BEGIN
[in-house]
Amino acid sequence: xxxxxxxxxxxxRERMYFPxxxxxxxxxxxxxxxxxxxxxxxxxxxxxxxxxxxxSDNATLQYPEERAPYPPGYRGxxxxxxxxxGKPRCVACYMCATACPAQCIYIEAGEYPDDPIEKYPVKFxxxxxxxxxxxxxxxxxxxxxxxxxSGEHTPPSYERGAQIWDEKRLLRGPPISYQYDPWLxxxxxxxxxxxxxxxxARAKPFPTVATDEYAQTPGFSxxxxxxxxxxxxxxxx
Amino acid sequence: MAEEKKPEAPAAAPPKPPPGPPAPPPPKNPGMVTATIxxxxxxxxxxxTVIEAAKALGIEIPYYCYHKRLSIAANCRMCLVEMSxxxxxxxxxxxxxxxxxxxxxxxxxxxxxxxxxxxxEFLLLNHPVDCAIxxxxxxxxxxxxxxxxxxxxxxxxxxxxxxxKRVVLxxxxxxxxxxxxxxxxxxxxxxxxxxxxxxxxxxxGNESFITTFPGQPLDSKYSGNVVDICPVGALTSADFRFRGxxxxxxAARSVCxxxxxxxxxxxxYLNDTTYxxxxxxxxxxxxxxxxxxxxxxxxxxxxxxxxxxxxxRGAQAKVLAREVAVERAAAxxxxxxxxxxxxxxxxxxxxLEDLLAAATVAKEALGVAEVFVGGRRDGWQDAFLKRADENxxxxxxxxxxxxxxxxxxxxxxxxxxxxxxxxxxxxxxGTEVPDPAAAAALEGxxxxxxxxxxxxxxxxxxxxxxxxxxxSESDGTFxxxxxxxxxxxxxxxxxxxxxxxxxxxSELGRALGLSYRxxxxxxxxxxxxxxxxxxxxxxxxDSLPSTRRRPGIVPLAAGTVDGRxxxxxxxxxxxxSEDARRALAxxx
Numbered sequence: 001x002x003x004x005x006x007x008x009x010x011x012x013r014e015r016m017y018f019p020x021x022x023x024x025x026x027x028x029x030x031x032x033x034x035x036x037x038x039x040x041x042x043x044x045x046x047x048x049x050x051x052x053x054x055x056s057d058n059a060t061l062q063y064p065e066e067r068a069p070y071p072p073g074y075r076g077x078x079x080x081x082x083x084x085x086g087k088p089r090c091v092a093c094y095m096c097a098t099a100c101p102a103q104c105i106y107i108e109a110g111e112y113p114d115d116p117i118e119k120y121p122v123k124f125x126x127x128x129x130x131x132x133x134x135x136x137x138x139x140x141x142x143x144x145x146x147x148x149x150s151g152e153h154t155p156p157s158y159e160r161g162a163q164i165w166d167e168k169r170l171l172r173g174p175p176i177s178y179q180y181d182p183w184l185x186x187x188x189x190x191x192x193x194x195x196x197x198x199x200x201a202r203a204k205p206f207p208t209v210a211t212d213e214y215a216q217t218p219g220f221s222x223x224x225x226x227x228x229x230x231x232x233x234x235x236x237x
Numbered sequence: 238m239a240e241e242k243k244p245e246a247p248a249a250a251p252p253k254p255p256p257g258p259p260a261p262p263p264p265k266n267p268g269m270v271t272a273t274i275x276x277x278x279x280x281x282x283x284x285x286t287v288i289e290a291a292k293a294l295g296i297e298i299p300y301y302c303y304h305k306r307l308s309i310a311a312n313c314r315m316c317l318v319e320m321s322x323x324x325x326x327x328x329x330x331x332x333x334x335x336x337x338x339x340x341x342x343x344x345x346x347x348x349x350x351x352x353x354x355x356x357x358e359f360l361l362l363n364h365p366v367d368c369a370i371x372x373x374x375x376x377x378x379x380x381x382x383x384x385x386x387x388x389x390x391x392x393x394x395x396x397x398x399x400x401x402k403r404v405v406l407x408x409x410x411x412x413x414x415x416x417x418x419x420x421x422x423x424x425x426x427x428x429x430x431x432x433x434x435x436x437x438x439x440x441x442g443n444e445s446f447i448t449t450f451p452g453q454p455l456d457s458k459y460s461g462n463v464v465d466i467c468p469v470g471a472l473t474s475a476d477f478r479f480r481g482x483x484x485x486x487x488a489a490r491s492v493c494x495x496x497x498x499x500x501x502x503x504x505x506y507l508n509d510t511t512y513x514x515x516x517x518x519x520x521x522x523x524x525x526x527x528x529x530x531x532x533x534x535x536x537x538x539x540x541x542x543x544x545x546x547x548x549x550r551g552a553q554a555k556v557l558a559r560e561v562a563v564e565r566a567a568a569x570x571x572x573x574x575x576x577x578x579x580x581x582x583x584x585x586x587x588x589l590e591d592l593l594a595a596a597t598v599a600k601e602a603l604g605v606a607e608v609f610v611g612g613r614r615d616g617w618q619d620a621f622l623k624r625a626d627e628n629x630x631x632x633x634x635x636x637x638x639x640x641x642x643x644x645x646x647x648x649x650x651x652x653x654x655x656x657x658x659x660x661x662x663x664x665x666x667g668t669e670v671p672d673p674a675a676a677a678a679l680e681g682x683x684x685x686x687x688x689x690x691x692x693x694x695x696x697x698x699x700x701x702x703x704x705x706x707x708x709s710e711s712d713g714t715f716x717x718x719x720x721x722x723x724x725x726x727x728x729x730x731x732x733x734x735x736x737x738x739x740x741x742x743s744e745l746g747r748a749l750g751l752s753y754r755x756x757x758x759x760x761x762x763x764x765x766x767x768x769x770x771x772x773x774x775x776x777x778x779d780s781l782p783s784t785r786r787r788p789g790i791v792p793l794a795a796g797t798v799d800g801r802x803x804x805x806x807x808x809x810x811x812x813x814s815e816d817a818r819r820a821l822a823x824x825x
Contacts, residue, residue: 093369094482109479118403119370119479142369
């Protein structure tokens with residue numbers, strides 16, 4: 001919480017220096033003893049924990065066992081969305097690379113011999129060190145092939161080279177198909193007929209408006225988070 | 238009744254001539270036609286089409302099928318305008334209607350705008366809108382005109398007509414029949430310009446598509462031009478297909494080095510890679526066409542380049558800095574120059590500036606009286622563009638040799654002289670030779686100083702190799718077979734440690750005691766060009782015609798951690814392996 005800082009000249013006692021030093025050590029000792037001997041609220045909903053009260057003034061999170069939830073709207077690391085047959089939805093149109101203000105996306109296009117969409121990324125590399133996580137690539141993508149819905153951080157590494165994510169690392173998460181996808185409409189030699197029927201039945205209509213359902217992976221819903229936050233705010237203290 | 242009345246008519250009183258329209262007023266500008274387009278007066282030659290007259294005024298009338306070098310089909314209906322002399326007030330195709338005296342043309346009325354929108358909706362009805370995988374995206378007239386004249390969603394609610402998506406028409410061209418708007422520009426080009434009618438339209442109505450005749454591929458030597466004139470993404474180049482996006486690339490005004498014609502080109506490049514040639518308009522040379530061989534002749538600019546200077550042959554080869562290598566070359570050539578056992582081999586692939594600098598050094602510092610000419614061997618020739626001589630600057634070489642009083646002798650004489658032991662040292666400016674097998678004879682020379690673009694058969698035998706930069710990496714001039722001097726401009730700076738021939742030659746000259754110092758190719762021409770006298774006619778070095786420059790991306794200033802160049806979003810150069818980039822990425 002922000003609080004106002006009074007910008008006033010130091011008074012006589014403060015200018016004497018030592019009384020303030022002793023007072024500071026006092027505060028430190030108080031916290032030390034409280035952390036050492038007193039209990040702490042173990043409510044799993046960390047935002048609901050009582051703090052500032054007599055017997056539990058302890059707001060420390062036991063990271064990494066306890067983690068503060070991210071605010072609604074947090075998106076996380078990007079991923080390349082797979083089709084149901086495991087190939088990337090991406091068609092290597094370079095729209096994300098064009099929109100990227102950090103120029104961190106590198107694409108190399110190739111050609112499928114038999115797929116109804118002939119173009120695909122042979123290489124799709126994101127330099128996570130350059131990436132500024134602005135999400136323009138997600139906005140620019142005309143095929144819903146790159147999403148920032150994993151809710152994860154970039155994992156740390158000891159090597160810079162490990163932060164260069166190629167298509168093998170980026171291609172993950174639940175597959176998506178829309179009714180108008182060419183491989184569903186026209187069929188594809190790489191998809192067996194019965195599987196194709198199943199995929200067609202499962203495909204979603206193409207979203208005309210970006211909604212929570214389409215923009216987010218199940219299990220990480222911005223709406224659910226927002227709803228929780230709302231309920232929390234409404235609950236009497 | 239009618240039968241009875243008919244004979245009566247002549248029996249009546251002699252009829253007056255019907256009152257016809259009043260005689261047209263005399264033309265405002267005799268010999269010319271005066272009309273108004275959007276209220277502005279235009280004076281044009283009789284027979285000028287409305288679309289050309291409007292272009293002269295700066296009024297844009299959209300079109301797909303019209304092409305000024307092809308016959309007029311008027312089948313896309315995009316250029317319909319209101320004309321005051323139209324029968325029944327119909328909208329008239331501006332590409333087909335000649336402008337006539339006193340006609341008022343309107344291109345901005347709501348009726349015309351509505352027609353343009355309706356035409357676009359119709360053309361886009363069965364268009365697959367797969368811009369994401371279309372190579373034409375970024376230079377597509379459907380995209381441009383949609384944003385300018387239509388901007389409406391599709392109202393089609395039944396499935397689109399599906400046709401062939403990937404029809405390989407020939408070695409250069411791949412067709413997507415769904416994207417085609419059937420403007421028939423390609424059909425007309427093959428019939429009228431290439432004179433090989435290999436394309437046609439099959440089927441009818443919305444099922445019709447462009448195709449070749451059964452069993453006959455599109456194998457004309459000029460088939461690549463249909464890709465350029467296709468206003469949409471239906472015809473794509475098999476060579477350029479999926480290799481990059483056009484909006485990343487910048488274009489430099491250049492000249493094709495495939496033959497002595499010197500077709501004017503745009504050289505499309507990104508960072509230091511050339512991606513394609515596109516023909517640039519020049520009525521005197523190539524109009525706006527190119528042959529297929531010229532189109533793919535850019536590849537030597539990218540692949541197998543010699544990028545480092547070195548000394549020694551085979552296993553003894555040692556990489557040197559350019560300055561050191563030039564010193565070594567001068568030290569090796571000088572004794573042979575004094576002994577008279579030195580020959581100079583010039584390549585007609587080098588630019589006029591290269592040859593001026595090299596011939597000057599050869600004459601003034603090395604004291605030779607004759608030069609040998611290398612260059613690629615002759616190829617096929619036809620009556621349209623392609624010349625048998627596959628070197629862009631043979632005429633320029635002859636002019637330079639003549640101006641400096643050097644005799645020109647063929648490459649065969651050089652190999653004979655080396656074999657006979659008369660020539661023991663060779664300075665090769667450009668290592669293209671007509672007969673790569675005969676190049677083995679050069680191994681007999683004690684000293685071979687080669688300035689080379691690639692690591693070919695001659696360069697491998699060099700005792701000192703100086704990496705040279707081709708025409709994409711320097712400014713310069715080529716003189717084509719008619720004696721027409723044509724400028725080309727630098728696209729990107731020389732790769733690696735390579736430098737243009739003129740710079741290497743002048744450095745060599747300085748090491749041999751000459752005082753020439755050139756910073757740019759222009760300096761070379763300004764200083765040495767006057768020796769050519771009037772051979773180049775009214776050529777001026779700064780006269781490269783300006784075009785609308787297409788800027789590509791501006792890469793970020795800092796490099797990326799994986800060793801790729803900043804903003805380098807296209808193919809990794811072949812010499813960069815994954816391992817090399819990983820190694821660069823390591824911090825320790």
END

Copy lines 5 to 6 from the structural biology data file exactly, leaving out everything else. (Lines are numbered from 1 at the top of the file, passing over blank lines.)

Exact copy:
Numbered sequence: 238m239a240e241e242k243k244p245e246a247p248a249a250a251p252p253k254p255p256p257g258p259p260a261p262p263p264p265k266n267p268g269m270v271t272a273t274i275x276x277x278x279x280x281x282x283x284x285x286t287v288i289e290a291a292k293a294l295g296i297e298i299p300y301y302c303y304h305k306r307l308s309i310a311a312n313c314r315m316c317l318v319e320m321s322x323x324x325x326x327x328x329x330x331x332x333x334x335x336x337x338x339x340x341x342x343x344x345x346x347x348x349x350x351x352x353x354x355x356x357x358e359f360l361l362l363n364h365p366v367d368c369a370i371x372x373x374x375x376x377x378x379x380x381x382x383x384x385x386x387x388x389x390x391x392x393x394x395x396x397x398x399x400x401x402k403r404v405v406l407x408x409x410x411x412x413x414x415x416x417x418x419x420x421x422x423x424x425x426x427x428x429x430x431x432x433x434x435x436x437x438x439x440x441x442g443n444e445s446f447i448t449t450f451p452g453q454p455l456d457s458k459y460s461g462n463v464v465d466i467c468p469v470g471a472l473t474s475a476d477f478r479f480r481g482x483x484x485x486x487x488a489a490r491s492v493c494x495x496x497x498x499x500x501x502x503x504x505x506y507l508n509d510t511t512y513x514x515x516x517x518x519x520x521x522x523x524x525x526x527x528x529x530x531x532x533x534x535x536x537x538x539x540x541x542x543x544x545x546x547x548x549x550r551g552a553q554a555k556v557l558a559r560e561v562a563v564e565r566a567a568a569x570x571x572x573x574x575x576x577x578x579x580x581x582x583x584x585x586x587x588x589l590e591d592l593l594a595a596a597t598v599a600k601e602a603l604g605v606a607e608v609f610v611g612g613r614r615d616g617w618q619d620a621f622l623k624r625a626d627e628n629x630x631x632x633x634x635x636x637x638x639x640x641x642x643x644x645x646x647x648x649x650x651x652x653x654x655x656x657x658x659x660x661x662x663x664x665x666x667g668t669e670v671p672d673p674a675a676a677a678a679l680e681g682x683x684x685x686x687x688x689x690x691x692x693x694x695x696x697x698x699x700x701x702x703x704x705x706x707x708x709s710e711s712d713g714t715f716x717x718x719x720x721x722x723x724x725x726x727x728x729x730x731x732x733x734x735x736x737x738x739x740x741x742x743s744e745l746g747r748a749l750g751l752s753y754r755x756x757x758x759x760x761x762x763x764x765x766x767x768x769x770x771x772x773x774x775x776x777x778x779d780s781l782p783s784t785r786r787r788p789g790i791v792p793l794a795a796g797t798v799d800g801r802x803x804x805x806x807x808x809x810x811x812x813x814s815e816d817a818r819r820a821l822a823x824x825x
Contacts, residue, residue: 093369094482109479118403119370119479142369